Updated: Oct 24, 2021
I'm sure in your life you've had endless people preach the benefits of the latest trends and fads, especially when it comes to health and fitness. Be it a juice cleanse or newest version of the paleo diet, there's always something you're not doing, or something you are doing that you’ve been told you shouldn't be doing that was supposedly fine to be doing yesterday.
I feel like yoga is susceptible to being lumped in with these fads. I empathise with the skeptical; you're not alone being put off by the mention of "opening chakras" and "energy signs". Anything steeped heavily in mysticism can peak my interest but not in terms of practical applications. I don't focus much on the religious side of yoga in my practice. I'm not convinced of people who claim to have opened their third eye or unlocked the full power of their pineal gland. I simply consider these aspects of yoga practice as visualisations that can help connect your mind and intentions to your body and its movements. Imagining a third eye (one of the chakras) can help create a sense of centre to your thoughts when taking a more meditative practice/class, like a mental geographical marker for your thoughts to wander away from and back towards. The other chakras are useful visualisations too as they span the entire head and torso meaning they can help you focus on a specific area of the body (such as the heart chakra for the chest/upper back).
I was introduced to yoga in a much more utilitarian fashion as a supplement to American football training. This meant diving straight in without any association to “new age spirituality”. Soon after I started I noticed a difference; the mind-body connection it promoted increased my agility and spatial awareness within weeks. It improved my cardiovascular conditioning and obviously my flexibility.
You get out what you put in! Yoga is a very versatile form of exercise (and if so inclined, an art). In many of my classes I often start by talking about setting intention for your practice. Regardless of the flow intended for the class (whether it's a relaxing heart opener or a power yoga session full of vinyasa sequences) what you want from it is most important. Do you want to push yourself? Do you want to take it relatively easy? Are focusing on strength or flexibility? Or some of both? Will you add some of your own movements to increase the calorie burn? Will you take easier variations because you're recovering from some other exercise? There are endless questions I could use to prompt your thinking but to start just ask yourself what you want. This is not only helpful in picking a style of yoga to practice on any given day but also helpful within the bounds of a style. Just because it’s a power yoga class doesn't mean you have to be endlessly moving and working if you don't want to, maybe you'll just be doing 1 or 2 reps of whatever strength moves are in the sequence even if the instructor is doing 10. Your practice. Your intention. Your reward.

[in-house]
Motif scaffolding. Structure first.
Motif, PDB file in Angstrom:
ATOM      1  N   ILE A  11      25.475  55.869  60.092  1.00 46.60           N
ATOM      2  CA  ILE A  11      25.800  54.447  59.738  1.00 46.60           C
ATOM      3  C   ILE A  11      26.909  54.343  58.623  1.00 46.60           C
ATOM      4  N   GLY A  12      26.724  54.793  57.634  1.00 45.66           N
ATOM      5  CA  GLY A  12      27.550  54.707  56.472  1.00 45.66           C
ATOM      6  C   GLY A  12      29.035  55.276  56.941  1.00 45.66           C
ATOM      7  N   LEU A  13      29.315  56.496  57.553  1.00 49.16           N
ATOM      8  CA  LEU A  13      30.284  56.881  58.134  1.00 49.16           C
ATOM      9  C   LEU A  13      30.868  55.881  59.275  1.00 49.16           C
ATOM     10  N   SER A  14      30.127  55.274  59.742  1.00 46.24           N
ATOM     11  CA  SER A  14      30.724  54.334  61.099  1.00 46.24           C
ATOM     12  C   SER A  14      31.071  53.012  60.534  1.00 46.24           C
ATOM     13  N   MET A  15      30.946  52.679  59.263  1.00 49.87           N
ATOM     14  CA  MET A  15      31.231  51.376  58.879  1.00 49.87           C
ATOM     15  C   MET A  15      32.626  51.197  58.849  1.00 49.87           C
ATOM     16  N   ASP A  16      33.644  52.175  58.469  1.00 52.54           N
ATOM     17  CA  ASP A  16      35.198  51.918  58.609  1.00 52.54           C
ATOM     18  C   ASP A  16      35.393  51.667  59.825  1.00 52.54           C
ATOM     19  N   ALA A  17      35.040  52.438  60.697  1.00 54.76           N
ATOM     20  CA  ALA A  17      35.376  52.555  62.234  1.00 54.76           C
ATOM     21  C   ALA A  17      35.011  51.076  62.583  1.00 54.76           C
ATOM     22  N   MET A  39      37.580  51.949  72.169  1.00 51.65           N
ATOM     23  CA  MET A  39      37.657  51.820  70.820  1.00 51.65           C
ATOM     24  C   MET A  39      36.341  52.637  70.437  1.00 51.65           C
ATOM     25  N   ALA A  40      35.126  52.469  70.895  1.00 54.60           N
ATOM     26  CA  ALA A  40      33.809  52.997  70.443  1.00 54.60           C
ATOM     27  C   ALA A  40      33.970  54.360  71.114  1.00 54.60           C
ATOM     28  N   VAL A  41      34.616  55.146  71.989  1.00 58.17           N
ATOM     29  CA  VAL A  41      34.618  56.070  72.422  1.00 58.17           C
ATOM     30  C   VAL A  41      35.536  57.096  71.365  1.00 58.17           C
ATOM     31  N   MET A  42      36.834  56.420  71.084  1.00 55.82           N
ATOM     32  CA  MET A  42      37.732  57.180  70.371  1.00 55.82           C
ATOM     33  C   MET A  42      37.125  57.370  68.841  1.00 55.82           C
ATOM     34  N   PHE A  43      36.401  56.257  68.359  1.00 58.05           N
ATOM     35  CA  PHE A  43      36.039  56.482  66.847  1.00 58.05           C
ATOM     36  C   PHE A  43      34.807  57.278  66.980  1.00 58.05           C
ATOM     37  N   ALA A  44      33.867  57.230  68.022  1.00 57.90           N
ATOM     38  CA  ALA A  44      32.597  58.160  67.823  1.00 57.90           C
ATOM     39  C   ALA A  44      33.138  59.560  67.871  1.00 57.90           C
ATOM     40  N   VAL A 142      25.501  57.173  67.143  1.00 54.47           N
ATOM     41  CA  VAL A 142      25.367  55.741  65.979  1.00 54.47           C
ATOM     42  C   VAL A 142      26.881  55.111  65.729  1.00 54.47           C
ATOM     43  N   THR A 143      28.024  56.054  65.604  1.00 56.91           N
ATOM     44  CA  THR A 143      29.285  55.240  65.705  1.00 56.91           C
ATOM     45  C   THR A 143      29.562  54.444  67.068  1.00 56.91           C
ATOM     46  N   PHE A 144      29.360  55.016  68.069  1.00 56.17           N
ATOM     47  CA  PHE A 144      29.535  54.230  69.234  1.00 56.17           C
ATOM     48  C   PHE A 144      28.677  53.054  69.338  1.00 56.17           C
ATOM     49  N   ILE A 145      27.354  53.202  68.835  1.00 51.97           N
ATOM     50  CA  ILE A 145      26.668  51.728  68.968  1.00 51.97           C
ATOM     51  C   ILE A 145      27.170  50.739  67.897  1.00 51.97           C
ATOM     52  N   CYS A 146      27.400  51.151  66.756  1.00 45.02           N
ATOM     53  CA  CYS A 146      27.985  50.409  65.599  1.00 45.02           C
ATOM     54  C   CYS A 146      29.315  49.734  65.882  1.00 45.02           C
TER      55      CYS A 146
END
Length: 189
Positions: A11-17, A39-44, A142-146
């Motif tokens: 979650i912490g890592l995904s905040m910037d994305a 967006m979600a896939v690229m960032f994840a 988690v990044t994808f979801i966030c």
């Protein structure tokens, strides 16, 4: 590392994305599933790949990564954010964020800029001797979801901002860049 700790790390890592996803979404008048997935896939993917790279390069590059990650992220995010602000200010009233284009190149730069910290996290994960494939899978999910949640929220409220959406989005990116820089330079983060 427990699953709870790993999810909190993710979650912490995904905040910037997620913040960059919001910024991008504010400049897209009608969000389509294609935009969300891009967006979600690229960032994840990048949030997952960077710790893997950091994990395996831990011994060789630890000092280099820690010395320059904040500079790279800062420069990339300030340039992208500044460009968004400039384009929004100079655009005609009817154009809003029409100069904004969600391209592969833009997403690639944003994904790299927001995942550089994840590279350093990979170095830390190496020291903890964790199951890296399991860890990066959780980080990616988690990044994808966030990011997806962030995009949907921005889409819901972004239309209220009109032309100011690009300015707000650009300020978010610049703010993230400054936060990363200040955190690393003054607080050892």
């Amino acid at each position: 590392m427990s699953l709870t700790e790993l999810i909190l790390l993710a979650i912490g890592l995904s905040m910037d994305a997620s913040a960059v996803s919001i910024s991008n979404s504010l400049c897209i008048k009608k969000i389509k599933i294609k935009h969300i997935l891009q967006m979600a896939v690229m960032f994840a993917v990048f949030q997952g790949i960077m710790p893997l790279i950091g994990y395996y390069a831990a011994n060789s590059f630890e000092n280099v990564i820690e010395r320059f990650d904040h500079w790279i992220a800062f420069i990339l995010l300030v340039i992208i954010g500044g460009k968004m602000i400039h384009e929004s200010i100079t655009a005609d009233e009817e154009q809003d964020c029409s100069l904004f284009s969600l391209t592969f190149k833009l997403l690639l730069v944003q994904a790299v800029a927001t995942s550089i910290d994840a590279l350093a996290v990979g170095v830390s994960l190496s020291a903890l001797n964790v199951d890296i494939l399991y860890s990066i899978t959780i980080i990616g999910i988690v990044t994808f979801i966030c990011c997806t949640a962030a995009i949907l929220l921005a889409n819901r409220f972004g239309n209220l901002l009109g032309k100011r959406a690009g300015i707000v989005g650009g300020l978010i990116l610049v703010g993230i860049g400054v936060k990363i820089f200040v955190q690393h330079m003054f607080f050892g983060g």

Despite my aversion to the religious or other worldly notions involved in yoga, through using them as visualisations I have reaped the benefit of the infamous 'MINDFULNESS'. Having become a bit of a catch all term I'll confirm that the definition I'm using is "a mental state achieved by focusing one's awareness on the present moment, while calmly acknowledging and accepting one's feelings, thoughts, and bodily sensations, sometimes used as a therapeutic technique." I do think this needs a disclaimer though; a popular vision of someone who practices mindfulness is guru-esque, exuding a stoic, peaceful feeling of serenity at all times. Well, that's not anyone I know. Most of the people I know who practice mindfulness still experience the the full range of emotions and they are just as prone to a meltdown as everybody else. Mindfulness is about reflection and observation, it's not that you stop yourself feeling sad or angry but that you observe the experience. You can then reflect on those feelings.
Yoga is a nice introduction to reflection as its starts this process with the body. Like many forms of exercise it forces you out of any thoughts that have been taking up mental space by concentrating on body position. But where yoga has a bit more of a mindfulness edge is once you're set in a pose. Your mind having been shaken out of its previous thoughts are now a hodgepodge of random ones, from the inane to the profound. As you're going nowhere (you're holding a pose remember) you're almost forced to stay there and observe those random thoughts. Without knowing it you've started to practice some mindfulness, not fighting your thoughts but observing them.
I can't promise you all the possible benefits of yoga, this is just my experience. These are the reasons I love yoga so damn much.